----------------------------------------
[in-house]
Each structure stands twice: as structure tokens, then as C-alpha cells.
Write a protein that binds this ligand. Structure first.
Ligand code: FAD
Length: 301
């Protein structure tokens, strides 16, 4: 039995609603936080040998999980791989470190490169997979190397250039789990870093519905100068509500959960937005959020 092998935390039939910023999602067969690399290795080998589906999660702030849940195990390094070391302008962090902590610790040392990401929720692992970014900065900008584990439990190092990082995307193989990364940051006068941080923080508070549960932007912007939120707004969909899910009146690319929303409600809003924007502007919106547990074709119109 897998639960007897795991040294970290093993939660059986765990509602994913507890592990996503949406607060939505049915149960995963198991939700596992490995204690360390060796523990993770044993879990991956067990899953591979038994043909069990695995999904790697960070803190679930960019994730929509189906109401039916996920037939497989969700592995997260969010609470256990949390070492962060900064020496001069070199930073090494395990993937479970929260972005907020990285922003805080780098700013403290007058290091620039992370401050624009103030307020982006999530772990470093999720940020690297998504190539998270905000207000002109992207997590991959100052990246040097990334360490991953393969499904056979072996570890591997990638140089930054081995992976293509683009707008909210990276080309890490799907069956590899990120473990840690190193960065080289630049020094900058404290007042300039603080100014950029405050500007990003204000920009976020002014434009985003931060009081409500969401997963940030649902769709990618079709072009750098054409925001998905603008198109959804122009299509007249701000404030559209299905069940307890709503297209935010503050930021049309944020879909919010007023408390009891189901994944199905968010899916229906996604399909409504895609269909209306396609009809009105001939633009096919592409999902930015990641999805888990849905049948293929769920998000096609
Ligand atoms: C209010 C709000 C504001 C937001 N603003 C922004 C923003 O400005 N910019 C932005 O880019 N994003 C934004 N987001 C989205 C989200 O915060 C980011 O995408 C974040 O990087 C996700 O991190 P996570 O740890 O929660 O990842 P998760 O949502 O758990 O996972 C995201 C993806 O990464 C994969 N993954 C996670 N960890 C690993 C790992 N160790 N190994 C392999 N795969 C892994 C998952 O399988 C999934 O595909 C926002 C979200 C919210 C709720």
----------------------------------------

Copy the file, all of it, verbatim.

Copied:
[in-house]
Each structure stands twice: as structure tokens, then as C-alpha cells.
Write a protein that binds this ligand. Structure first.
Ligand code: FAD
Length: 301
């Protein structure tokens, strides 16, 4: 039995609603936080040998999980791989470190490169997979190397250039789990870093519905100068509500959960937005959020 092998935390039939910023999602067969690399290795080998589906999660702030849940195990390094070391302008962090902590610790040392990401929720692992970014900065900008584990439990190092990082995307193989990364940051006068941080923080508070549960932007912007939120707004969909899910009146690319929303409600809003924007502007919106547990074709119109 897998639960007897795991040294970290093993939660059986765990509602994913507890592990996503949406607060939505049915149960995963198991939700596992490995204690360390060796523990993770044993879990991956067990899953591979038994043909069990695995999904790697960070803190679930960019994730929509189906109401039916996920037939497989969700592995997260969010609470256990949390070492962060900064020496001069070199930073090494395990993937479970929260972005907020990285922003805080780098700013403290007058290091620039992370401050624009103030307020982006999530772990470093999720940020690297998504190539998270905000207000002109992207997590991959100052990246040097990334360490991953393969499904056979072996570890591997990638140089930054081995992976293509683009707008909210990276080309890490799907069956590899990120473990840690190193960065080289630049020094900058404290007042300039603080100014950029405050500007990003204000920009976020002014434009985003931060009081409500969401997963940030649902769709990618079709072009750098054409925001998905603008198109959804122009299509007249701000404030559209299905069940307890709503297209935010503050930021049309944020879909919010007023408390009891189901994944199905968010899916229906996604399909409504895609269909209306396609009809009105001939633009096919592409999902930015990641999805888990849905049948293929769920998000096609
Ligand atoms: C209010 C709000 C504001 C937001 N603003 C922004 C923003 O400005 N910019 C932005 O880019 N994003 C934004 N987001 C989205 C989200 O915060 C980011 O995408 C974040 O990087 C996700 O991190 P996570 O740890 O929660 O990842 P998760 O949502 O758990 O996972 C995201 C993806 O990464 C994969 N993954 C996670 N960890 C690993 C790992 N160790 N190994 C392999 N795969 C892994 C998952 O399988 C999934 O595909 C926002 C979200 C919210 C709720």